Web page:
Tuesday, May 22, 2012

"Just a Little Higher!" On The Return of the Jedi

This post is a series of thoughts on Star Wars Episode VI: Return of the Jedi. 

I. Sarlacc Ethics.

C-3PO explains in Jabba’s palace that the sarlacc digests its victims over a thousand-year period of unimaginable suffering. If this is true, then Luke and Han act reprehensibly when they glibly allow bounty hunters to roll into its maw instead of shooting them. On the other hand, the sarlacc probably enjoys eating bounty hunters more than they dislike it. So from a utilitarian perspective, it’s actually fine. (There are other considerations to take into account—Tatooinians, for example, might not like living on a planet where sarlacci can devour people with impunity. The sarlacc, though, gets such intense pleasure from eating that we don’t need worry about this objection.)

II. Racism.

Jabba’s palace is Orientalist and the Ewoks are insulting to indigenous people of the Amazon. My Art History class has made me too sick of critical theory to go into this further.

III. Yoda Will Always Be with You.

One of my favorite moments in any movie, almost an par with this, is this moment, when Obi Wan first appears to Luke on Dagobah after Yoda dies. The orchestra’s crescendo that suddenly cuts off as Obi Wan approaches is tingle-inducing.

IV. The Forest Moon of Endor.
One of the most well known grammatical disputes in Star Wars is this: is “the Forest Moon of Endor” a partitive or possessive genitive?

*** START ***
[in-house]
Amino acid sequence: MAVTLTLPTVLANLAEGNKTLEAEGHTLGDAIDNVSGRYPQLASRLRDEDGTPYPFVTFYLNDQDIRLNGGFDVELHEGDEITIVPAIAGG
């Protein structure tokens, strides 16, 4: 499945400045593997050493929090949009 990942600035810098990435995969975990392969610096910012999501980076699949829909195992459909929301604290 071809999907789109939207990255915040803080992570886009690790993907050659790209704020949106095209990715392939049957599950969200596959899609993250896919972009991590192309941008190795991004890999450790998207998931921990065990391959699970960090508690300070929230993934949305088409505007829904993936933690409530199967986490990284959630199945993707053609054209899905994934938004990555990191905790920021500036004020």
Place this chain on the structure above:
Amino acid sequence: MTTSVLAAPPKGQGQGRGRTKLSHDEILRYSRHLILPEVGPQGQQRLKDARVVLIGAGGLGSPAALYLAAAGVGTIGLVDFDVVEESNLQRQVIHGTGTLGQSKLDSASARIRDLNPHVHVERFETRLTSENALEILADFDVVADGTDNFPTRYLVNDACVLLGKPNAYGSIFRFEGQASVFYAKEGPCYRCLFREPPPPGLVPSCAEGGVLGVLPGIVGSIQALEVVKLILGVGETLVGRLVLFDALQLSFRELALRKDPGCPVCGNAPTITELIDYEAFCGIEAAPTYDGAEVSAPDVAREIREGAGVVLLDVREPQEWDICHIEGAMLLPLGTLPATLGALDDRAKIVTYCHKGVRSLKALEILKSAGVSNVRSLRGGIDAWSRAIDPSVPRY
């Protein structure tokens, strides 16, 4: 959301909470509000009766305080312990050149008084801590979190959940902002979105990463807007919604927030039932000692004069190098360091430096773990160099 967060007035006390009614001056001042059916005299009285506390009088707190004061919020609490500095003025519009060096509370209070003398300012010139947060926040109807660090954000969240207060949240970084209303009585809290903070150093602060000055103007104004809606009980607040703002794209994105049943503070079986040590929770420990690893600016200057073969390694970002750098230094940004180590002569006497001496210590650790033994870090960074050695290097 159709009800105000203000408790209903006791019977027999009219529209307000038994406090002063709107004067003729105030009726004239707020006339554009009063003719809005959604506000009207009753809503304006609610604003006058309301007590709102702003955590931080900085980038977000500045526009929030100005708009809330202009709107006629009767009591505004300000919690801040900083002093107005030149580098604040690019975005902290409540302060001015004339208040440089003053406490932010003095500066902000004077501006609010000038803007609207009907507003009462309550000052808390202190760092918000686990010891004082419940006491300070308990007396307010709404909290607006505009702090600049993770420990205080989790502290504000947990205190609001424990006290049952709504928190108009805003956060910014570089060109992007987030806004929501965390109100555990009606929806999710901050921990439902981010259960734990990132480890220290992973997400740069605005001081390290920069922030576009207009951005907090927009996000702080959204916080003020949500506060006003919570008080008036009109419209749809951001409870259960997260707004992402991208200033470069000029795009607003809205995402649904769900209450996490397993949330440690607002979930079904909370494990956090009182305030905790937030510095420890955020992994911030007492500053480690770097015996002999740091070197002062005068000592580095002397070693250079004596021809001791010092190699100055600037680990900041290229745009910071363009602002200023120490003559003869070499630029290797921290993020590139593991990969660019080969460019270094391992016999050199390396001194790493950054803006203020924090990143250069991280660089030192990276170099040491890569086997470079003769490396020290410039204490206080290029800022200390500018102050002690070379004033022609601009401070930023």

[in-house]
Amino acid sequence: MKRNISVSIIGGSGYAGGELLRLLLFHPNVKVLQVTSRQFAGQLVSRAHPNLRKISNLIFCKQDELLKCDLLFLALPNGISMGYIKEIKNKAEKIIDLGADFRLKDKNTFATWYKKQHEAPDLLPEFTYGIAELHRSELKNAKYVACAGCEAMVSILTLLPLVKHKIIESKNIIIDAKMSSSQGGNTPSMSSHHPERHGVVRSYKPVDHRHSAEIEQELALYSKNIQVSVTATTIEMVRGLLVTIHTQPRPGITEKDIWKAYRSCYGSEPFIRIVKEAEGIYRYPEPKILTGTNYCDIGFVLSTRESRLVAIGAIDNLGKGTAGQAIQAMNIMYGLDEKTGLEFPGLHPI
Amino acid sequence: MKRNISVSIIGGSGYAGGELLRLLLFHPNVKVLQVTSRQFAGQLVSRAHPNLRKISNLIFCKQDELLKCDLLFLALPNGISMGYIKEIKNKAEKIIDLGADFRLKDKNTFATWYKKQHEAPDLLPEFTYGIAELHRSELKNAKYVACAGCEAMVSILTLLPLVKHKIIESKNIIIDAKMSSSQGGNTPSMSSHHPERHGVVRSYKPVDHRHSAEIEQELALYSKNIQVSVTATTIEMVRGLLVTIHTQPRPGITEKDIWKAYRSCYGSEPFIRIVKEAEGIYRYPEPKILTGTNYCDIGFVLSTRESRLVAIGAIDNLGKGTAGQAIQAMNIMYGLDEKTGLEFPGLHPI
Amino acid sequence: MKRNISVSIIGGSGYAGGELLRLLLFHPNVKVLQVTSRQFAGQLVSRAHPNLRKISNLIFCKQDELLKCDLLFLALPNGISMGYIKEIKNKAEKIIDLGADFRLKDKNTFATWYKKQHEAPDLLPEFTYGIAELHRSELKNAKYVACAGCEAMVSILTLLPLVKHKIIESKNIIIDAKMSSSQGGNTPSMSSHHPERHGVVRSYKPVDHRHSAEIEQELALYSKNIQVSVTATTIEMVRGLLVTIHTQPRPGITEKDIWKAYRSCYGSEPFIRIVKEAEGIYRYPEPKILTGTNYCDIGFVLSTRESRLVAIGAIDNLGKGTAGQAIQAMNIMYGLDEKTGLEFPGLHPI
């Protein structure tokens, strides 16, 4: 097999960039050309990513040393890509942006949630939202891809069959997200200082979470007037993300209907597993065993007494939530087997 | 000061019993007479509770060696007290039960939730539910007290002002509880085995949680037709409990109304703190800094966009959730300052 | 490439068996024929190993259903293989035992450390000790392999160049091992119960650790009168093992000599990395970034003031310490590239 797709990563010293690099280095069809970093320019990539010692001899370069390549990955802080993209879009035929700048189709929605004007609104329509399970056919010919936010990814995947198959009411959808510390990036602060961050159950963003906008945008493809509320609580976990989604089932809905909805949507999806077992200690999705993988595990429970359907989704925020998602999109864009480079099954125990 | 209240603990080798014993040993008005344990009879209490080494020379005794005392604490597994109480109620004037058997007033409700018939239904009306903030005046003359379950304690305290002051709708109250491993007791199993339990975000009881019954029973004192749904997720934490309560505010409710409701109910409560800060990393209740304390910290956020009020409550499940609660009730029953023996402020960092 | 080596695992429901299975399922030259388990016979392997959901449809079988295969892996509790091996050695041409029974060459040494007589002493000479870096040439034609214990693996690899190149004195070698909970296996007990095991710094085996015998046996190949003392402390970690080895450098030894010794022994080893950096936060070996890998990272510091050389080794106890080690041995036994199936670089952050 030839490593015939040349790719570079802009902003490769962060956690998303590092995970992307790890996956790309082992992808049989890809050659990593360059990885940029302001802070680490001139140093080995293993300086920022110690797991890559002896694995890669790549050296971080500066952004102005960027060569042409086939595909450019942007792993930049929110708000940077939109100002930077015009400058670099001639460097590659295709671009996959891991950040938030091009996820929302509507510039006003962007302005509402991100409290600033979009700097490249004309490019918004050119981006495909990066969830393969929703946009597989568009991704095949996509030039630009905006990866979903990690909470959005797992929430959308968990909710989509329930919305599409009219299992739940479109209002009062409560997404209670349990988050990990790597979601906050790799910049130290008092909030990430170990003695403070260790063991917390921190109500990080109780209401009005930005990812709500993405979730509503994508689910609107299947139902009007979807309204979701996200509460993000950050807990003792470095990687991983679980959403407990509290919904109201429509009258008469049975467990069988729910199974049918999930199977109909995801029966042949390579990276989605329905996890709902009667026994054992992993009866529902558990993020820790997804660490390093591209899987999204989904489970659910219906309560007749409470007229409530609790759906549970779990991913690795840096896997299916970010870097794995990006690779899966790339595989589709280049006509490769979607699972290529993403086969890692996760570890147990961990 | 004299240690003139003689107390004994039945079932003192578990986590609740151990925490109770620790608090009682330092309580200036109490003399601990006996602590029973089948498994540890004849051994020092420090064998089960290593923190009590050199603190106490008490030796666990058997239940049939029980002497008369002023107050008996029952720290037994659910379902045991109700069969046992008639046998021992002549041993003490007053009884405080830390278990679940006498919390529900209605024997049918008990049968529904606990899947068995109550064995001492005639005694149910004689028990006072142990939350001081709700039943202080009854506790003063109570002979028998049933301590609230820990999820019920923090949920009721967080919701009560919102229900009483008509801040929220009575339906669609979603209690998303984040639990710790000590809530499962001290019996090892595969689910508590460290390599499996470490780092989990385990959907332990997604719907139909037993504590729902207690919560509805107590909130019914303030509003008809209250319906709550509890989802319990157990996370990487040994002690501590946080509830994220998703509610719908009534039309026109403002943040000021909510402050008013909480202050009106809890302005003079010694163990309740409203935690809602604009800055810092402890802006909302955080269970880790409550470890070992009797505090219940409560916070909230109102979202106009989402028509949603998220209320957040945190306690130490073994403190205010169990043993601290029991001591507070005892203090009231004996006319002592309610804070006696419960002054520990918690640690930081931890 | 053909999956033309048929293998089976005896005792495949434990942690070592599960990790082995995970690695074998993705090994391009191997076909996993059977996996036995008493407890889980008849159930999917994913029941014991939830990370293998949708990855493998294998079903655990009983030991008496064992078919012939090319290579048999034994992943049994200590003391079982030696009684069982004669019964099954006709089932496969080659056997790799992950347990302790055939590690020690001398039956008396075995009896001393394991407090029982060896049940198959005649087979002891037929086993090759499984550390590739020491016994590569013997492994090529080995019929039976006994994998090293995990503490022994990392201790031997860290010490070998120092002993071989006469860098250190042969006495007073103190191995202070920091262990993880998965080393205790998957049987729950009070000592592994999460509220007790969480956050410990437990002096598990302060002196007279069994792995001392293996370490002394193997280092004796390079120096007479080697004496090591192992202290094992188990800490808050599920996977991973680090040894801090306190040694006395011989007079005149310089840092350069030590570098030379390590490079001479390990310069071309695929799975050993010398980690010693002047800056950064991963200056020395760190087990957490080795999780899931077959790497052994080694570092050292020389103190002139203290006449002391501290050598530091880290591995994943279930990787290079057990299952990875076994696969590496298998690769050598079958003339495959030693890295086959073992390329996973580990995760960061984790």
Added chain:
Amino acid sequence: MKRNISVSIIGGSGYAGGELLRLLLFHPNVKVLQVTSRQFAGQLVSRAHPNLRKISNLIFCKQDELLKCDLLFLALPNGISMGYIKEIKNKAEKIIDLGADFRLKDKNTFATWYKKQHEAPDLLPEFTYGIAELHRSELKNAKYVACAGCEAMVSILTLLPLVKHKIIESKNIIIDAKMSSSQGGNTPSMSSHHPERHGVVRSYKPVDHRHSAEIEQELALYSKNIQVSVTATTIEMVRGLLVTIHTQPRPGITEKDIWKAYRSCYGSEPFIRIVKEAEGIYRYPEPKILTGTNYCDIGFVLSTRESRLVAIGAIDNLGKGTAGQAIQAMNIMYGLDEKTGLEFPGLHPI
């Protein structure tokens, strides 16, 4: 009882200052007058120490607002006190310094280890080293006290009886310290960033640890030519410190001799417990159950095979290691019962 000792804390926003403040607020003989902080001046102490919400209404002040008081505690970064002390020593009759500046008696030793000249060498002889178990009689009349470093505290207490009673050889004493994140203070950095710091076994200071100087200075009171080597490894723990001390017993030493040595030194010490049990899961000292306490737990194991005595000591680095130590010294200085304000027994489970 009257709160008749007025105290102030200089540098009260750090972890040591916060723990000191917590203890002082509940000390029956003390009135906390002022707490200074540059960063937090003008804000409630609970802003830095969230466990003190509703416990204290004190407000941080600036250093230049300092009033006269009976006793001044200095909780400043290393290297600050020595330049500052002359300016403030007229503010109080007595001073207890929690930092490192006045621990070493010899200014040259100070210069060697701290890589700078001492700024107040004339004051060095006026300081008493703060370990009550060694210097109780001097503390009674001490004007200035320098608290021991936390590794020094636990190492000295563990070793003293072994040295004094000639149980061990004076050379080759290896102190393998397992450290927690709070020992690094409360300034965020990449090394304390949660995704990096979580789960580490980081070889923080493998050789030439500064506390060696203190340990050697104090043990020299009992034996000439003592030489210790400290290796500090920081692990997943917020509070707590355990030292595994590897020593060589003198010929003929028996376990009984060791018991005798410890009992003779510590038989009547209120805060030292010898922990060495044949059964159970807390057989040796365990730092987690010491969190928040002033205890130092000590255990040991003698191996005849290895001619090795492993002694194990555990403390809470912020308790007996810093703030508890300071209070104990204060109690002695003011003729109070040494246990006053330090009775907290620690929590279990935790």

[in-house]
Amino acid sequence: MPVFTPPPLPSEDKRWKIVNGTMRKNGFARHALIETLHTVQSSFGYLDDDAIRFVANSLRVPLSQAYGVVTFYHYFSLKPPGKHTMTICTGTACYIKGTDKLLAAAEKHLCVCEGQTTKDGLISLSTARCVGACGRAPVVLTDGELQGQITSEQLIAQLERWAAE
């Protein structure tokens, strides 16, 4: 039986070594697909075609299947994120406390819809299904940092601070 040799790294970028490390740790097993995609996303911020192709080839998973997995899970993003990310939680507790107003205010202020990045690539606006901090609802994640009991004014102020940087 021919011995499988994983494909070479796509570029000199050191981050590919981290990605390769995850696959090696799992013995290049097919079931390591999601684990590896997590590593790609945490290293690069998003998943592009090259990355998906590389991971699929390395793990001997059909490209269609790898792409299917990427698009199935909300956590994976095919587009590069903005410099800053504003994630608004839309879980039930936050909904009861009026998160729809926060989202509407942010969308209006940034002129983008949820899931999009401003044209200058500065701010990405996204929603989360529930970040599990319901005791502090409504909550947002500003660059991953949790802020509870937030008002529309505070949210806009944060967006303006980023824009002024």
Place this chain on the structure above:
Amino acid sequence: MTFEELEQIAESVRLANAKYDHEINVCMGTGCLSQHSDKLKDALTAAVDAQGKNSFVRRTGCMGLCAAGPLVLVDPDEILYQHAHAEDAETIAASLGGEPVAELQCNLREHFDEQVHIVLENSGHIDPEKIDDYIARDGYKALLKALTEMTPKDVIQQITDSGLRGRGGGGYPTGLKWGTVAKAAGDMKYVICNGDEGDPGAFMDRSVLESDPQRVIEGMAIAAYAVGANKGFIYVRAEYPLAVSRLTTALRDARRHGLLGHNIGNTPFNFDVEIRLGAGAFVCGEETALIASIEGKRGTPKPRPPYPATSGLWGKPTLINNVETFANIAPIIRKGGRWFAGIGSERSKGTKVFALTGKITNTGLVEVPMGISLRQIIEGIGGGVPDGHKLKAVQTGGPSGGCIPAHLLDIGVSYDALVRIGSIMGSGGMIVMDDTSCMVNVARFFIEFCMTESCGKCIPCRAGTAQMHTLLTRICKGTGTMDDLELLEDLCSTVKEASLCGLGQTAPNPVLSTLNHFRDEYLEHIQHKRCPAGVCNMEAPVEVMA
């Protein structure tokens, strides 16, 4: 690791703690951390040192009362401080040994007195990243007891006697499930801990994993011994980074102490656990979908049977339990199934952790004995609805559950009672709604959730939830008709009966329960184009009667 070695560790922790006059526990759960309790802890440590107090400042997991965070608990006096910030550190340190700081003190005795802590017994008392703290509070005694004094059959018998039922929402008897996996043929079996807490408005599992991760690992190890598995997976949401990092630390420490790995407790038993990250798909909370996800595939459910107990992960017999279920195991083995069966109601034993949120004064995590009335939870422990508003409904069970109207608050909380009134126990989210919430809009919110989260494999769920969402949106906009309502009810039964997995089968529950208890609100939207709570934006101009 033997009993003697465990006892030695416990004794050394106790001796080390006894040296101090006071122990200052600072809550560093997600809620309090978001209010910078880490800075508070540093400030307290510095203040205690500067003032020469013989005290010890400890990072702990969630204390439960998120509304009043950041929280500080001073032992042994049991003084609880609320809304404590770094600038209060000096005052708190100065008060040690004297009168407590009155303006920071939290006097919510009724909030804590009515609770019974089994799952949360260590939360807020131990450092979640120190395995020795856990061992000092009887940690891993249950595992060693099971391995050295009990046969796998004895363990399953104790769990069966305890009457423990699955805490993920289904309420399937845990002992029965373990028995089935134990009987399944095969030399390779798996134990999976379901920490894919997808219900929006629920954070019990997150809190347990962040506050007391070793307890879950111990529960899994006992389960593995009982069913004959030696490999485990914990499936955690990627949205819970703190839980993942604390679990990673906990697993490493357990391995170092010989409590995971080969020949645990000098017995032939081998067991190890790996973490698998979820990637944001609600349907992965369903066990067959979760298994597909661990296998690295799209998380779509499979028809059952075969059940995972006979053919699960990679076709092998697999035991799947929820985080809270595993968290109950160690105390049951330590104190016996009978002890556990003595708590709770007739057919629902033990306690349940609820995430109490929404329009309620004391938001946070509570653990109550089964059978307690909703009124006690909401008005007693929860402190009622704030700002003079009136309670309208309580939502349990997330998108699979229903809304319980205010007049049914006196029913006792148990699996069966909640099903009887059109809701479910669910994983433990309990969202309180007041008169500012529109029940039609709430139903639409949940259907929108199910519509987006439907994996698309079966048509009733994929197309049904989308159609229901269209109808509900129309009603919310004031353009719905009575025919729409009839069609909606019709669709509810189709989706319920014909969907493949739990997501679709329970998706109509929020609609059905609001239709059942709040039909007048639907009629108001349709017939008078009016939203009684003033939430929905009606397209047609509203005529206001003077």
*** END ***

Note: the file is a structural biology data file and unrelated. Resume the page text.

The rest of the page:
There are two possibilities for the identity of the home of the Ewoks.

  1. (Partitive genitive.) It’s a forested moon called Endor. Thus, “the Forest Moon of Endor” is the same construction as “the great state of Maine” or “the frigid, godforsaken city of Iqaluit.”
  2. (Possessive genitive.) It’s a forested satellite of the planet Endor, and not itself named Endor. This reading understands “the forest moon of Endor” to be akin to “the two moons of Mars” or “the blood-spattered armor of Mars.”
Personally, I’m sympathetic to the first reading, because I think it would be bizarre for George Lucas to have left the central stage of the movie’s action unnamed. Nevertheless, there are good, honest people on both sides of the debate, so let’s pause before we haul out the fire, wood, and oil.

V. Darth Vader’s Redemption

One of the most commonly repeated lines about the movie is that Darth Vader “redeems himself” when he saves Luke by hurling the Emperor into a conveniently placed molten pit. I used to believe this too, until I realized that it it’s a facile platitude. Redemption is impossible for Darth Vader. If billions of murdered Alderaanians had risen from the dead and offered their sincere pardon, then it might have been possible for Vader to die with a clean conscience. Saving one man’s life who happens to be his son isn’t enough to cut it. The only people who could have redeemed Vader—if human beings can redeem other human beings at all, which is debatable—are dead by the time of Episode VI.